by DL Minor
Two little black boys are here today, third-graders nearly bouncing off the walls in their shared joy at having brand spanking new library cards, much too boisterous for a quiet library Saturday, but way too cute to put out the door. Both are skinny, sneakered and blue-jeaned with lively brown-black eyes and wide, mischievous smiles; they could be brothers, biological brothers, but are quick to scoff, assuring us no way. Each of them in his moxie little way reminds me of Joe at that age… sort of. Well, no. Under certain circumstances my brother could be an absolute terror, but more often Joey was shy and soft-voiced, especially at that age, especially with strangers. One of the boys may have developmental issues or perhaps a learning disability; he doesn’t listen well, and despite the branch manager’s patiently repeated instructions remembers only the simplest directions with great difficulty. His frustration plays itself out in whining, noisy squabbles with his tattletale companion, “accidentally” pushing pamphlets and flyers off tables, and finally, foul-mouthed defiance.
Maybe they’re not as cute as all that.
The biddies are here today, too. As usual one is testifying in the bluest of terms and the other, predictably, is Hallelujah-ing and Amen-ing everything she hears. It’s parody almost, an In Living Color skit, and Gramma—who would not have approved of the hilarious and often raunchy Wayan Brothers landmark comedy had she lived to see it—would be appalled.
My grandmother didn’t curse, ever. That’s not boast or sarcasm; it’s a statement of fact. Mary Ellen Walker Wimberly was a devout and proper Catholic with decided ideas about what did and did not constitute appropriate public discourse. Also—and I’m inclined to agree with her on this one, in principle if not in practice—she considered swearing unworthy, the mark of a lazy and ignorant mind; she especially deplored base talk coming from women, who in her upbringing were held as creatures of modesty and refinement.
Well, that’s what they told her.
My mother, in normal conversation, did not use bad language, the key phrase here being “normal conversation.” When Mom was angry—by which I mean ready to take you down—she swore like the proverbial longshoreman, but even then she drew the line somewhere. “Shit” she would say. “Fuck” when she was seriously pissed and “goddamn” would be nothing at all for her. But I don’t recall epithets like “pussy” or “dick” or “cunt” slipping between her lips no matter how exercised she got, not within my hearing, anyway. As I say, there were limits.
I curse, but guiltily, self-consciously. I am that much my grandmother’s child and grateful for it, generally. When I use coarse language, I often feel foolish and vaguely frustrated with myself, wishing my fuse was longer and my vocabulary bigger and more sophisticated.
All bets may be off whenever I am confronted by serious stupidity, still I know there must be better, more elegant ways to express momentary irritation at human frailty—my own and others—and am ever conscious of the possibility of Gramma pausing at a bingo table somewhere in Heaven, shaking her head in keen disappointment, and sighing heavily.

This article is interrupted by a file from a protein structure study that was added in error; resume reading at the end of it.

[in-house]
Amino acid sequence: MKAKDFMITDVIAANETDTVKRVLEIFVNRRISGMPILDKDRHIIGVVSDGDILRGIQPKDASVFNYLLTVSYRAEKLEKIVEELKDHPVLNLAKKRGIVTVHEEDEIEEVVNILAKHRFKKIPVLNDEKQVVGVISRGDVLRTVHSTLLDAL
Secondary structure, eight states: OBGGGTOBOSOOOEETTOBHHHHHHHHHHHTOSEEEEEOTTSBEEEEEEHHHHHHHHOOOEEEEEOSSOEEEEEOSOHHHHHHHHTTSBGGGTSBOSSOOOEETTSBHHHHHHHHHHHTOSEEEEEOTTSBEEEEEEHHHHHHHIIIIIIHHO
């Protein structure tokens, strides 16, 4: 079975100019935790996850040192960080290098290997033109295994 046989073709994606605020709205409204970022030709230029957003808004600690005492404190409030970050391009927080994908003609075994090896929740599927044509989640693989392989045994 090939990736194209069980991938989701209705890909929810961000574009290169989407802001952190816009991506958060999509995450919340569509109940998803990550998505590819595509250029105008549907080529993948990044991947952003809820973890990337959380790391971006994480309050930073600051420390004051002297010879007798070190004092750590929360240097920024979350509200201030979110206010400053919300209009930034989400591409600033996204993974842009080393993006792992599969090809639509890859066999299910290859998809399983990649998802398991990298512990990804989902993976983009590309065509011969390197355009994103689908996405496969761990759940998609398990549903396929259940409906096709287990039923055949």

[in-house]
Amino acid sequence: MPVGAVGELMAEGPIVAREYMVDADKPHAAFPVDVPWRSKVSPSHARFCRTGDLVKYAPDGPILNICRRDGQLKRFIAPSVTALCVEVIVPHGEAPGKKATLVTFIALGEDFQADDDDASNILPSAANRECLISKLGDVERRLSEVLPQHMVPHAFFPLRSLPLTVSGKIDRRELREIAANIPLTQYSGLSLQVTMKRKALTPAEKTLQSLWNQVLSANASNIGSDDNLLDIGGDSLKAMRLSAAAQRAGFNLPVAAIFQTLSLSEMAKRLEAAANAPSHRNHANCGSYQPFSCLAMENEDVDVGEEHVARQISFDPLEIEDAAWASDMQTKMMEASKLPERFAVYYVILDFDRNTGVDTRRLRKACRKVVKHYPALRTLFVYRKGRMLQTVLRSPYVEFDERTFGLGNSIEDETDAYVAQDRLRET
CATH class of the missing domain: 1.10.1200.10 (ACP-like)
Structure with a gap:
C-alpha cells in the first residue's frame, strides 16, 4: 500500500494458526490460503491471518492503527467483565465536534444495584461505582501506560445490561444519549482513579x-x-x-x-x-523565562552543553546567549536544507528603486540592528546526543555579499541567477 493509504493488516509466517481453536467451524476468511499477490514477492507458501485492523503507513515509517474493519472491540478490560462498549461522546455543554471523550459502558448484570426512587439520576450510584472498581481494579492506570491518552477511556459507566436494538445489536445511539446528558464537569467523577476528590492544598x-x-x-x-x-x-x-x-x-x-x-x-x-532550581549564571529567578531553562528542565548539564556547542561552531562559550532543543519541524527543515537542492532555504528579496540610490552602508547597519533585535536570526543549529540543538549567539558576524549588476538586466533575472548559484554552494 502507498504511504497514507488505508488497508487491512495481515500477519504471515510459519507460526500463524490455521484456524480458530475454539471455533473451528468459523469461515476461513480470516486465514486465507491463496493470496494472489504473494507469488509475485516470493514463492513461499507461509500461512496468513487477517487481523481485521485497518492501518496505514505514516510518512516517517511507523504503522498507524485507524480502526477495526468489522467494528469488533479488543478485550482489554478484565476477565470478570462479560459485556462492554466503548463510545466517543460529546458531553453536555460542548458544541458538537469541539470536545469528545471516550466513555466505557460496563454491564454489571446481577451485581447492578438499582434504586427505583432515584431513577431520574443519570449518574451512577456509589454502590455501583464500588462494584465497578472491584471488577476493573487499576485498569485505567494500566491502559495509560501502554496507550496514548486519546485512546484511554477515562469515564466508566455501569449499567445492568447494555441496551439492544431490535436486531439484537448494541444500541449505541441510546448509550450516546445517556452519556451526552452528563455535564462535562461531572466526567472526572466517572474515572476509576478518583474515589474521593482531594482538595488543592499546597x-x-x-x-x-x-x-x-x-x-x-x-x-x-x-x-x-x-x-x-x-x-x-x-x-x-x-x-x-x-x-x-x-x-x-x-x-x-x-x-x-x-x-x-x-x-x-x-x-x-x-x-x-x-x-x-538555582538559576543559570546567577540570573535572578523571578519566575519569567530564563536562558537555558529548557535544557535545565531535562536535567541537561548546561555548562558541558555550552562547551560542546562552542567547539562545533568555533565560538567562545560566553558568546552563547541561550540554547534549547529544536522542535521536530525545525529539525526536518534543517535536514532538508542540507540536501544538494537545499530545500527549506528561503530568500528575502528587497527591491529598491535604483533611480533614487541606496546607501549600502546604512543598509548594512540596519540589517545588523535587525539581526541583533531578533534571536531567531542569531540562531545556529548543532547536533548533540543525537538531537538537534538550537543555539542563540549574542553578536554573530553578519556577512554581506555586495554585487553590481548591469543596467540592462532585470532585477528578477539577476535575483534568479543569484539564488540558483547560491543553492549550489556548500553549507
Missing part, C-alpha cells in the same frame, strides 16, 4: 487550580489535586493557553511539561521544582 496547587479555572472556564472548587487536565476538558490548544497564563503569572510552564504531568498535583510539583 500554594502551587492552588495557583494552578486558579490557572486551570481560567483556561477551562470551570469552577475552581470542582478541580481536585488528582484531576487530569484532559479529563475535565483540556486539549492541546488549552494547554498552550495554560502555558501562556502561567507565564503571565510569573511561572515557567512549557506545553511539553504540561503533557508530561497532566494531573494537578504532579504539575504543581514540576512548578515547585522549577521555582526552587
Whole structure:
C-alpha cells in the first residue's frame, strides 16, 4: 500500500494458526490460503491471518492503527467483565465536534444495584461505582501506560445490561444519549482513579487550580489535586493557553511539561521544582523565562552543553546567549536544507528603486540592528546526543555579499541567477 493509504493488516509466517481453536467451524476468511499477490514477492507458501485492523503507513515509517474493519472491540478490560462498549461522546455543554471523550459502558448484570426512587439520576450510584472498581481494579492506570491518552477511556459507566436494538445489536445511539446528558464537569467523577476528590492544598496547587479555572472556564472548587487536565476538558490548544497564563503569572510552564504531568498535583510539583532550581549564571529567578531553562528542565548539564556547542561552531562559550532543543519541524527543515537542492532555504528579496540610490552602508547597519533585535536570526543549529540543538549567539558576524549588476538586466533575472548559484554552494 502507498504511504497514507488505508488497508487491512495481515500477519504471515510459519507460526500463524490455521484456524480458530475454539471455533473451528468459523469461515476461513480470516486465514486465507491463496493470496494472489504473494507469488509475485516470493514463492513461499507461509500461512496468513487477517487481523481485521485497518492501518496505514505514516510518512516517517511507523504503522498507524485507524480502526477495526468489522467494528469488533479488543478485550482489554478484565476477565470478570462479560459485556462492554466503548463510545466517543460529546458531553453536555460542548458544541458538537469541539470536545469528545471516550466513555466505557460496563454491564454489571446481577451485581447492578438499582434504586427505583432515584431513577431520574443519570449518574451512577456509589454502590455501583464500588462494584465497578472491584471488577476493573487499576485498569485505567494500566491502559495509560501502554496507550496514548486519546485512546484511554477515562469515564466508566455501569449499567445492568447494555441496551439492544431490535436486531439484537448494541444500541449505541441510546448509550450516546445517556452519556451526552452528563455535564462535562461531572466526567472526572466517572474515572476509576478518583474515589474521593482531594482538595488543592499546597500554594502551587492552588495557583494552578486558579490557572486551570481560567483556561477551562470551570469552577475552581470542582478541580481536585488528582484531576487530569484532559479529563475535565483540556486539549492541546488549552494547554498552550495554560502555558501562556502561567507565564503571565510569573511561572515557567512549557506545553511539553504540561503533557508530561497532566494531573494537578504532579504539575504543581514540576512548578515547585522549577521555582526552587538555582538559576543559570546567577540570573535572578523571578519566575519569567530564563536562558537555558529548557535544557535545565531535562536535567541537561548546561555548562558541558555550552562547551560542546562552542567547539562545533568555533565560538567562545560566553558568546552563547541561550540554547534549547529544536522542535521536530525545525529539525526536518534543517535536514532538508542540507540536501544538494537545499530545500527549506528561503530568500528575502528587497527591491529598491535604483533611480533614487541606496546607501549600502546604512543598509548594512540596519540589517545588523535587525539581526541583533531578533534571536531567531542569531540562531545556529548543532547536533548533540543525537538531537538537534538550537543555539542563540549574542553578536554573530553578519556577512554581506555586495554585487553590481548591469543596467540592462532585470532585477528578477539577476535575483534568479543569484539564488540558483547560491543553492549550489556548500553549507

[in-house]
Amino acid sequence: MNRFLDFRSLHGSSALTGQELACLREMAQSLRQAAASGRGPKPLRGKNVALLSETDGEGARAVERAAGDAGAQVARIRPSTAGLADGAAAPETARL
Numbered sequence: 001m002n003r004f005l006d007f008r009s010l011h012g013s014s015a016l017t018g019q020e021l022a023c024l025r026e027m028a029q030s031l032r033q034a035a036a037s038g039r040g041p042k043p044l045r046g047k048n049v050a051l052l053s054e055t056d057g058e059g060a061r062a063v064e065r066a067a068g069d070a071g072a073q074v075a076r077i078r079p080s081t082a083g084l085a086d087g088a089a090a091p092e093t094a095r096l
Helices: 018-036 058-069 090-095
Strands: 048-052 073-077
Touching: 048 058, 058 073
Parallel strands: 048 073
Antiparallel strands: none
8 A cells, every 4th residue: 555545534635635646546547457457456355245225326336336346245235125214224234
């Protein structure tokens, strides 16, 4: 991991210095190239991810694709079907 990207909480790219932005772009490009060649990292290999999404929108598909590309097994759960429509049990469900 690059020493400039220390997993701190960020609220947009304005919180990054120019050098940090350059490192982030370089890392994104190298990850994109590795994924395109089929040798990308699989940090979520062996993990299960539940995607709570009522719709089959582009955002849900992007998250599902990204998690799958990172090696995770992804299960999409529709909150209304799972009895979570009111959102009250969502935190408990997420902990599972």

“I know I taught her better than that,” she’s telling Saint Peter sadly, who is patting her shoulder and nodding sympathetically.
“Kids,” he shrugs. “G-17?”
I miss my grandmother, so much. I miss her lively, inquisitive eyes, her gentle sheepish smile and the warm grip of her strong, gnarled caramel brown fingers. Her voice is with me still, soft and quirky, amused and wheedling, I hear it even now. October is her birth month, and as we are pulled inexorably closer to the winter holidays I feel Joey’s loss as well; his absence underscores hers.
My sister Geri is my memory’s third rail, the ghost girl I do not touch. I failed her, failed us both, miserably. Our break was a casualty of the falling out between my father and me, an eerie echo of the lost Teresa, the aunt who died at eighteen, after being sent away under circumstances about which my grandmother would never speak. Was this, finally, the moment in her life when Grandma allowed herself to curse? I cursed my father, and when Geri stepped between us cursed her as well, pushing them both away, banishing them both, keeping my angry distance until the phone call that interrupted a hectic working day with the news that an enraged ex-fiancé, sneering at yet another Order of Protection, had found an address, got a gun, and ended Geri’s life.
And then Joe. Nearly five years on, and my brother’s death, the stark, unholy fact of his gone-ness, is still a stinging slap in the face, a wound that is taking its slow, stubborn time to heal, assuming it ever heals. I mean, how dare he? How dare God? Why him? Why us? How many more times would I have hugged my brother, laughed with him, leveled with him, had I known how relatively little time we’d have together.
I mentioned God. That was in jest.
Despite my grandmother’s loving influence and all her towering, unshakeable faith, I am not a believer in the concept of Afterlife.
And I don’t give a shit what the biddies at the next table say—or how flagrantly they say it. I don’t give a shit what anyone says. There is only one life, this life, this world, one shot.